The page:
08/22/2019 | News release | Distributed by Public on 08/22/2019 00:04
The 2020 Census is already underway in the form of data collection. Primarily, the Census Bureau is making sure that they have an accurate list of addresses so they can ensure that everyone gets counted. Part of this process consists of working with City Staff through the Local Update of Census Addresses (LUCA) program to compare the Census Bureau's records to the City's records. The other major part is to reconcile the discrepancies between the Census Bureau's address list and the city's list.
Address Canvassers are Census Bureau employees who reconcile those two address lists. They are local residents hired by the Census Bureau to verify that the locations the Census Bureau believes might be residences actually are. Address Canvassers will always wear their Census Bureau ID and will carry a bag or laptop marked with the Census Bureau logo. While checking for the address, they will also knock on the door to speak with an occupant of that dwelling unit to make sure that they have the address correct and to ask if there are any secondary living quarters present but not visible from the street, and what the mailing address of such secondary quarters might be. An Address Canvasser will not ask about who is living at a residence, their names, ages or any other questions that may be asked in the 2020 Census or American Community Survey.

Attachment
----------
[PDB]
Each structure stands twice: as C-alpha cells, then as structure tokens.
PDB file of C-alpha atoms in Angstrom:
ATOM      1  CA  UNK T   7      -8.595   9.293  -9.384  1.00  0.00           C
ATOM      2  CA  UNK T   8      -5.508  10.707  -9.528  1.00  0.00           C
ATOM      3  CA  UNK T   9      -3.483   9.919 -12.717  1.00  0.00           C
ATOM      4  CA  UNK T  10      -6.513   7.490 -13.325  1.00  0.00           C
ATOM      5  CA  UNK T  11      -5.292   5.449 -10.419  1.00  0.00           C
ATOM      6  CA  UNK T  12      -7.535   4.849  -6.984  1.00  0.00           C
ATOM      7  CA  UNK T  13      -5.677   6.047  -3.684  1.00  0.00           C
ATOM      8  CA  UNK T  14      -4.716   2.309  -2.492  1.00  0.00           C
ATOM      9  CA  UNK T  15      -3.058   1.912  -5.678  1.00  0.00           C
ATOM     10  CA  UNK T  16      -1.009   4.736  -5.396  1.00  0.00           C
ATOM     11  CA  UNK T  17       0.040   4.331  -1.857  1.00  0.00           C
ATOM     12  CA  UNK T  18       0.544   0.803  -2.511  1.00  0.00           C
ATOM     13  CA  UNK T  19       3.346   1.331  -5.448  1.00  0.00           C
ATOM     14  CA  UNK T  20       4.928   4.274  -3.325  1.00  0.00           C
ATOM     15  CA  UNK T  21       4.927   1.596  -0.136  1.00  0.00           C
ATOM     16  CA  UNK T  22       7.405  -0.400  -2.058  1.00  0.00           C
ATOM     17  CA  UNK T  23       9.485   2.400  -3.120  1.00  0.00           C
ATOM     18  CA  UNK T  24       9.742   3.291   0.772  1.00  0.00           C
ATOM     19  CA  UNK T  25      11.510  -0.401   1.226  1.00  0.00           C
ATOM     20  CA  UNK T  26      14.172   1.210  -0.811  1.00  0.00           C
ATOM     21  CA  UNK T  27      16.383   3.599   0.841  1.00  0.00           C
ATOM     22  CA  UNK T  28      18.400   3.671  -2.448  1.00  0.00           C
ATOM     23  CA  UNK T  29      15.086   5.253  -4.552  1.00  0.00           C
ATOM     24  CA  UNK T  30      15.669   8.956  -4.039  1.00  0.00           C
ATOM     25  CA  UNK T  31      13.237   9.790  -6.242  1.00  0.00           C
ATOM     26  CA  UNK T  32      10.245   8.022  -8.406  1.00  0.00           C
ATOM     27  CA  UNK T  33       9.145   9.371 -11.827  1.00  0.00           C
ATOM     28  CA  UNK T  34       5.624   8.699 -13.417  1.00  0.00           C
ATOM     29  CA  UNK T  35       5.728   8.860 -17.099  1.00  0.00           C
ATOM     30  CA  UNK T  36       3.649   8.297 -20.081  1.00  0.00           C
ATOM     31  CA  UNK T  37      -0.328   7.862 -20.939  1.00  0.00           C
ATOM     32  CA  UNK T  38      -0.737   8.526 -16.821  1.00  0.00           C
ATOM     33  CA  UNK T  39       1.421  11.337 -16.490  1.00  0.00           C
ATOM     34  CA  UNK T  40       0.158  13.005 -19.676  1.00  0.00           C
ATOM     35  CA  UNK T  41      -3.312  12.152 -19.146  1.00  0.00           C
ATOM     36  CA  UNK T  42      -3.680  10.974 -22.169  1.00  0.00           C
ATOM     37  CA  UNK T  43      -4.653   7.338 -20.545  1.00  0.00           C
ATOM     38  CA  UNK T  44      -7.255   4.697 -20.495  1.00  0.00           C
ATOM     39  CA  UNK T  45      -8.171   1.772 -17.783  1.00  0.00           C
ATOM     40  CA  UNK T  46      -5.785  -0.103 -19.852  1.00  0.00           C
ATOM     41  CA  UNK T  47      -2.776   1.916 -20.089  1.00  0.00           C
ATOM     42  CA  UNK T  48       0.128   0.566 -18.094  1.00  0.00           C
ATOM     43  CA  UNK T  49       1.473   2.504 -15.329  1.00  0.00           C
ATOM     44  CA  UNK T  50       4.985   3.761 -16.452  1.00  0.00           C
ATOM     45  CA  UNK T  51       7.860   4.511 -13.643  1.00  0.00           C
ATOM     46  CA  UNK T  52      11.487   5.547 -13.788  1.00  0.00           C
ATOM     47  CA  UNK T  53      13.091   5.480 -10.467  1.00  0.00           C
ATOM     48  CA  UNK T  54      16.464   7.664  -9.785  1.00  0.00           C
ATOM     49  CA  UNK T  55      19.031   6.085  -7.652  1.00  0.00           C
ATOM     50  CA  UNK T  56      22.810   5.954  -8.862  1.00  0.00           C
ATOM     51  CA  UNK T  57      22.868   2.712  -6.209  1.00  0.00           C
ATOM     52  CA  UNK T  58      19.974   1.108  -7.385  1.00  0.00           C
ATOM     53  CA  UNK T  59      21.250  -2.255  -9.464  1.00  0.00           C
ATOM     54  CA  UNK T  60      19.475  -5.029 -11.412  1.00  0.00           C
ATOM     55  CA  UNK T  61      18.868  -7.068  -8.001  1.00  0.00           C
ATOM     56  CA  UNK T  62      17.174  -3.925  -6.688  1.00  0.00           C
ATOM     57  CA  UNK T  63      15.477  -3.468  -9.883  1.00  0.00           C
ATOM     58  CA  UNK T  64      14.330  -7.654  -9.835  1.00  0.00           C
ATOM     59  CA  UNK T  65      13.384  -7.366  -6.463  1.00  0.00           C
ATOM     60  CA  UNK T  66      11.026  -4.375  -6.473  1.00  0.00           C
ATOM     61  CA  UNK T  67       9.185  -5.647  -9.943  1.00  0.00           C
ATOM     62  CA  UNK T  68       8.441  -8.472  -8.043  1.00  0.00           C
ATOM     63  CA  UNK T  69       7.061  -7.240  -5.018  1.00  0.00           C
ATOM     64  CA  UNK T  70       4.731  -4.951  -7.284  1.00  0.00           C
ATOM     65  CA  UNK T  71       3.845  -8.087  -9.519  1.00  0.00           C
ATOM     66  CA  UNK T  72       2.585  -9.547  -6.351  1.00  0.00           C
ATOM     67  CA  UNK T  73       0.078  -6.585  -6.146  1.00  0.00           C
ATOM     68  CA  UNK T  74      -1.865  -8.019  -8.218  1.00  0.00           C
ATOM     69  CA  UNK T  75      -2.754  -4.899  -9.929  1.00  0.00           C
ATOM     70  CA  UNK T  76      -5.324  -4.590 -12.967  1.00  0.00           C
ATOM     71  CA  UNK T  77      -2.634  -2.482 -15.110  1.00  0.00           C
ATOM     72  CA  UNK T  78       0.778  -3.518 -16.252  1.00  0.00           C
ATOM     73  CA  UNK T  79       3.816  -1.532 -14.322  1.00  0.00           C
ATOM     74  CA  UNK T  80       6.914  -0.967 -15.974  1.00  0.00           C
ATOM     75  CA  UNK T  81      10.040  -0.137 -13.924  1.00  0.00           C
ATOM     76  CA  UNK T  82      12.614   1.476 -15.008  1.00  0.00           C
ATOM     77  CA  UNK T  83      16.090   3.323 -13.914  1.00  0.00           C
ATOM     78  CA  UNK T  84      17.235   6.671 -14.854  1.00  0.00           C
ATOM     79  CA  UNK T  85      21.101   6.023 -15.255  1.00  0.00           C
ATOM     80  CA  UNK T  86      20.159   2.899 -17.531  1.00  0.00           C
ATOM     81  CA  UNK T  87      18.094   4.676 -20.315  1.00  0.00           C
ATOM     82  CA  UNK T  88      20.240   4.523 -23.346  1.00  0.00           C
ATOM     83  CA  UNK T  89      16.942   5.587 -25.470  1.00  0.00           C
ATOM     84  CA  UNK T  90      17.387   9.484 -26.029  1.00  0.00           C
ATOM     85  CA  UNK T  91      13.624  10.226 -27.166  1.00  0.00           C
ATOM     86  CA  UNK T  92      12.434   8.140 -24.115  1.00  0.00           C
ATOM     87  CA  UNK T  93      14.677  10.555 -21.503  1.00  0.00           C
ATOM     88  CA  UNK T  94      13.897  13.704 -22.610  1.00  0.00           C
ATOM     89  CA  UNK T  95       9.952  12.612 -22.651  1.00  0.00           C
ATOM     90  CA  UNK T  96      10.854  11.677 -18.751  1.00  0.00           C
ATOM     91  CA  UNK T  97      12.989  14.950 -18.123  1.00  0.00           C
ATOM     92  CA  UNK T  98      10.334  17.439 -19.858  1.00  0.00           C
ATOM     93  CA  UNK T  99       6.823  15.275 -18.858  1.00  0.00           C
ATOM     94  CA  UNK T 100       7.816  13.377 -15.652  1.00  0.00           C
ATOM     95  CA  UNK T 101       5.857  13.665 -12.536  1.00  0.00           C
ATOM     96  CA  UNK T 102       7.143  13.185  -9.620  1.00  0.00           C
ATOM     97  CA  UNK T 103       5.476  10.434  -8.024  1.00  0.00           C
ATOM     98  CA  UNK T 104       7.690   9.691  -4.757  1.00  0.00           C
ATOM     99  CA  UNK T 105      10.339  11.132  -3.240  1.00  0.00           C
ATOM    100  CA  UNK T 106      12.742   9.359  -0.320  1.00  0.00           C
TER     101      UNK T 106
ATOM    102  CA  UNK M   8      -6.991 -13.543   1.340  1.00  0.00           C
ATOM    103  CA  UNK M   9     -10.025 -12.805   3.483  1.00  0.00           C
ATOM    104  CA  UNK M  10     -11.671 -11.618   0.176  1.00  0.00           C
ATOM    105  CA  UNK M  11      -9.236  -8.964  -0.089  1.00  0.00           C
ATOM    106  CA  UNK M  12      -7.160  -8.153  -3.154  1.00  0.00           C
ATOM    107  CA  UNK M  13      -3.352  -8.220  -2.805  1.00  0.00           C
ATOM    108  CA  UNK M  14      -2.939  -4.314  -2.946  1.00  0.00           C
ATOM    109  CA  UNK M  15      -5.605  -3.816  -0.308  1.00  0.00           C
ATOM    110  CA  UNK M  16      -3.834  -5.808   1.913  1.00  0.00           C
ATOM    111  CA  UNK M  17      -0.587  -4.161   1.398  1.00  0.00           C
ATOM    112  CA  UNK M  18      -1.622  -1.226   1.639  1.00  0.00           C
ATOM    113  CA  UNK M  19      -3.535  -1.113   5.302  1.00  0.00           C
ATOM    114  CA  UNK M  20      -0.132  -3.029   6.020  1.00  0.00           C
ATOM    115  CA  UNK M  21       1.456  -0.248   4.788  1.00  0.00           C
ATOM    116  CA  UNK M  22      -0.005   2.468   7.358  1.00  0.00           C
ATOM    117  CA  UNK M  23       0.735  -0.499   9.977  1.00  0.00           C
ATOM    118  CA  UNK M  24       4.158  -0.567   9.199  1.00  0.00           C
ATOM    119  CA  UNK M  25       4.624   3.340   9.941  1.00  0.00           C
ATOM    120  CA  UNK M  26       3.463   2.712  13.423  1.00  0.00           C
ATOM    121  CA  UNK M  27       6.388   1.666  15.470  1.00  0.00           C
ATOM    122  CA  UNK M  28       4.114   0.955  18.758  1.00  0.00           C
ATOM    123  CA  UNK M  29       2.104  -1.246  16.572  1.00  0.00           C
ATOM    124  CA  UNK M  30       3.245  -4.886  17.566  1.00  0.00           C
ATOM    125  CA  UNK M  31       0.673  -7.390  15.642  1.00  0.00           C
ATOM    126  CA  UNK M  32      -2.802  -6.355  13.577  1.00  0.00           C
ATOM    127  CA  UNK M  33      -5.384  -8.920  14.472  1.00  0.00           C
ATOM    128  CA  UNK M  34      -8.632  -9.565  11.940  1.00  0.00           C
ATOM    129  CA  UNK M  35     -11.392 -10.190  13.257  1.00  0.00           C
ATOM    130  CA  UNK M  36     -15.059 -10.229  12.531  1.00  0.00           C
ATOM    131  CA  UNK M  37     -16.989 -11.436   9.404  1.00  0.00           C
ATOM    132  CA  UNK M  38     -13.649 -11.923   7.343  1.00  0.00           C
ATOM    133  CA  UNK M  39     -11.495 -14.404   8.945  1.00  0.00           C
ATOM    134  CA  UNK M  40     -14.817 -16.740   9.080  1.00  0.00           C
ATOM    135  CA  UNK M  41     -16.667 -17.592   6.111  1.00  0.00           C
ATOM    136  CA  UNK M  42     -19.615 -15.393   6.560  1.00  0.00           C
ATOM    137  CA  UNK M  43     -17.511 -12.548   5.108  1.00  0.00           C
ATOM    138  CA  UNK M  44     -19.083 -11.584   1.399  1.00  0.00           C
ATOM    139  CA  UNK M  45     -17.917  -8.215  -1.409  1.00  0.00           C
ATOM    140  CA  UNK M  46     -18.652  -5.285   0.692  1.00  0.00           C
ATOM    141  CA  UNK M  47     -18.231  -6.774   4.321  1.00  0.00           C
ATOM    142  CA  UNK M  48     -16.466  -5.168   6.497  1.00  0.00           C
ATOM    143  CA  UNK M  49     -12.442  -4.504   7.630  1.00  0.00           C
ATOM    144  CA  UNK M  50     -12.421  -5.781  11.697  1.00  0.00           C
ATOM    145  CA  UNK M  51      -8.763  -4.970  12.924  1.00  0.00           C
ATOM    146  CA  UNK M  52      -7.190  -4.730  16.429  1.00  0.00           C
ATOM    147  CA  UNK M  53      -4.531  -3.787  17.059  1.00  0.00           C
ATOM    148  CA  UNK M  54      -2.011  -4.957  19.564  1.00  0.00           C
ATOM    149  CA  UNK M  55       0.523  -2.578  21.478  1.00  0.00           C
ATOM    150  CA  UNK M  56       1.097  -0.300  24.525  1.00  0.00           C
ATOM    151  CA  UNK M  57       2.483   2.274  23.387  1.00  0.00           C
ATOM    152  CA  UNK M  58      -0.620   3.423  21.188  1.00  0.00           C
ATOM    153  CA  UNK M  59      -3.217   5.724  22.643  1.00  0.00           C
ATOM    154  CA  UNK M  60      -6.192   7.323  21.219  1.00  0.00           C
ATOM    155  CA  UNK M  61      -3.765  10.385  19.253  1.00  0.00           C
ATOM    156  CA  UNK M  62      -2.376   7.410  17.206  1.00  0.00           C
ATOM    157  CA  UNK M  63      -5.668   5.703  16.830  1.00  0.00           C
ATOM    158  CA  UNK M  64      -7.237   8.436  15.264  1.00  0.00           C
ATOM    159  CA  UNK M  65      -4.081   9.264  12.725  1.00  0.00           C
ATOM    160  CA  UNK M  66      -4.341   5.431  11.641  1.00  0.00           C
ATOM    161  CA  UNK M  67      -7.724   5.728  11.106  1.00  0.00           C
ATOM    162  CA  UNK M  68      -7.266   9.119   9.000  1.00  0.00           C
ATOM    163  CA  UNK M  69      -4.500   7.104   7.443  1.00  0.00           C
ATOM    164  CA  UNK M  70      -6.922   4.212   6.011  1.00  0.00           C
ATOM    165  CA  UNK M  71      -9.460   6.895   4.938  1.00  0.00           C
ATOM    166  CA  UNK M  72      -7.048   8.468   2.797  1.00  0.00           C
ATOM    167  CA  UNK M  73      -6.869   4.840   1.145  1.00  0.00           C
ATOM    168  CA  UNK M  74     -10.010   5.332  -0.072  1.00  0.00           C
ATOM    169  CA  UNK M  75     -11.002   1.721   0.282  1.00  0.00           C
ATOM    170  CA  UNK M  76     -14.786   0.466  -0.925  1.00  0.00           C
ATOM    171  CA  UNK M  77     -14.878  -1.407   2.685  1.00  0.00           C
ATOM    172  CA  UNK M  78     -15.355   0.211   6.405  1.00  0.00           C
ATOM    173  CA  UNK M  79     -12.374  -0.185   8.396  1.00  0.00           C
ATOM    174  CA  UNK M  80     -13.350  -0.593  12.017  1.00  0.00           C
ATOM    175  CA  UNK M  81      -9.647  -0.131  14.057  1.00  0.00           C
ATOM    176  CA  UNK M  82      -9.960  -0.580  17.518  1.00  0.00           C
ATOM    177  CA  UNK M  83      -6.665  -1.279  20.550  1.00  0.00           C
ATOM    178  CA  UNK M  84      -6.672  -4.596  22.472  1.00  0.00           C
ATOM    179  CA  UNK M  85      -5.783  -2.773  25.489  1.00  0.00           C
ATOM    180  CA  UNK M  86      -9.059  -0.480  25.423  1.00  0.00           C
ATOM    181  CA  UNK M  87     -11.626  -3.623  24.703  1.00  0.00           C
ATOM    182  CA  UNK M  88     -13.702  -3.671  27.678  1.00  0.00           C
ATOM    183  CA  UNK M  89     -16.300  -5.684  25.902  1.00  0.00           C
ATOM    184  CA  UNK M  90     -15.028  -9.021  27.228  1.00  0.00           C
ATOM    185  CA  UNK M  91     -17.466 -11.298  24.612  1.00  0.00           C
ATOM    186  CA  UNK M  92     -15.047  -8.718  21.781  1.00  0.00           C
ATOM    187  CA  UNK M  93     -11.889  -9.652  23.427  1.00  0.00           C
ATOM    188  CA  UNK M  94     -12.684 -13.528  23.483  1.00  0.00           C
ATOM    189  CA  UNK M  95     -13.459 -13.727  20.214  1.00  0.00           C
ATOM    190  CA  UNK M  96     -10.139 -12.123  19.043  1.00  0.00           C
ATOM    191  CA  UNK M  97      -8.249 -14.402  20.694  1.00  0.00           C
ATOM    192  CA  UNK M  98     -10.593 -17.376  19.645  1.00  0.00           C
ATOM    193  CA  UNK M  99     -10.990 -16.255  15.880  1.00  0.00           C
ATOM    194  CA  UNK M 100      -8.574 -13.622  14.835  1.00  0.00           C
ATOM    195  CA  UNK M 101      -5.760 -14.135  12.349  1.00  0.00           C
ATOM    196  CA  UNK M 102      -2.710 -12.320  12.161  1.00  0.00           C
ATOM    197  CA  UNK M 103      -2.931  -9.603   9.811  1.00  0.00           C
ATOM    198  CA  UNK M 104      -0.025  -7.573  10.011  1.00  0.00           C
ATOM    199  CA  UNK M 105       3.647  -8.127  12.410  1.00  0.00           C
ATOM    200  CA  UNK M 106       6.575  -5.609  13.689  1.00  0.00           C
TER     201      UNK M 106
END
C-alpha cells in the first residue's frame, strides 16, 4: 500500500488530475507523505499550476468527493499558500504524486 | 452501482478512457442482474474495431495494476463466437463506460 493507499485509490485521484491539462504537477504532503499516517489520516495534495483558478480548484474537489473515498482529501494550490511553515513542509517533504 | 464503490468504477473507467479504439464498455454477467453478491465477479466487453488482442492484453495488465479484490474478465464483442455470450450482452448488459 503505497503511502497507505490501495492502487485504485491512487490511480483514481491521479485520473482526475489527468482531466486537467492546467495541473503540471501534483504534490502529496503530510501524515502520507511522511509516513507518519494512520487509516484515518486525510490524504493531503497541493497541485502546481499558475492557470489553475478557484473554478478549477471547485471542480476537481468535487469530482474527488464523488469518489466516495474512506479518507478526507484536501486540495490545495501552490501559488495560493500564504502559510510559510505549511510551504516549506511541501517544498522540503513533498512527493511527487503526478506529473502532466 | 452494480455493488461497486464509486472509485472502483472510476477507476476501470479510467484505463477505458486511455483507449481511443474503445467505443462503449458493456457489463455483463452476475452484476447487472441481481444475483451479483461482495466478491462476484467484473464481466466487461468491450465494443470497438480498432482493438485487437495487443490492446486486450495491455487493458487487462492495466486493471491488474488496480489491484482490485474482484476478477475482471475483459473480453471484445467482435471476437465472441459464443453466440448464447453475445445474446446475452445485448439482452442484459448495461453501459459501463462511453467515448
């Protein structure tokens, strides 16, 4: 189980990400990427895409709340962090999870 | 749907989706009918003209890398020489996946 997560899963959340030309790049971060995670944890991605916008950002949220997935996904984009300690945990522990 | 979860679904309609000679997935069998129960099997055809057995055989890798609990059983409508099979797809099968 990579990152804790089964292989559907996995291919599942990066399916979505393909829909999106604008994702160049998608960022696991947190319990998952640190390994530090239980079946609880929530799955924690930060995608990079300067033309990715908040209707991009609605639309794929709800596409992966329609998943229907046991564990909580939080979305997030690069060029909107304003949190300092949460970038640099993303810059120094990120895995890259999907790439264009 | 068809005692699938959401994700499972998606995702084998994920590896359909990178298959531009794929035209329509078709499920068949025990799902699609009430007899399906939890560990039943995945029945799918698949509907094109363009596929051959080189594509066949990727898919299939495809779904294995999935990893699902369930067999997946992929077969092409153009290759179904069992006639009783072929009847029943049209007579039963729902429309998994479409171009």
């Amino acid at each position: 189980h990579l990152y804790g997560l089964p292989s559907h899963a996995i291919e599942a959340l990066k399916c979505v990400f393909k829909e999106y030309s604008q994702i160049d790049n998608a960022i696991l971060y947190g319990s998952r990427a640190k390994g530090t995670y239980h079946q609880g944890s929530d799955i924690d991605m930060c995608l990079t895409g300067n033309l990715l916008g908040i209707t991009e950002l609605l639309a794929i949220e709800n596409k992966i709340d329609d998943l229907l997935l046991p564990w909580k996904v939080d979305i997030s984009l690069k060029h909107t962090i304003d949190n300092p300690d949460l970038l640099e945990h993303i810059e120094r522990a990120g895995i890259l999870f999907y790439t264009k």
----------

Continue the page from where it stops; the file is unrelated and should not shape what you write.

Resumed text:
In 2009, Address Canvassers attempted to visit every residence in the nation while verifying the Census Bureau's records. In 2019, they expect to visit about 30 percent of all residences. Most of their attention in Irving will be focused on areas of town where new construction is underway or recently completed, but they also will visit many older neighborhoods to see if there are secondary living quarters recently added but not in their address list.
When they speak with a resident, they will leave a flier reminding people they are required by law to respond to the 2020 Census and that an individual's answers are completely confidential. This means that if a Census worker finds out that an Irving homeowner has family living in a 'garage' they built in the back yard, that Census worker is never allowed to report such information to the city's Code Enforcement Department, Police or anyone else outside the Census Bureau. If the Census worker or anyone in the Census Bureau shares that information, they are violating federal law and may be sentenced to up to five years in prison and a fine of up to $250,000.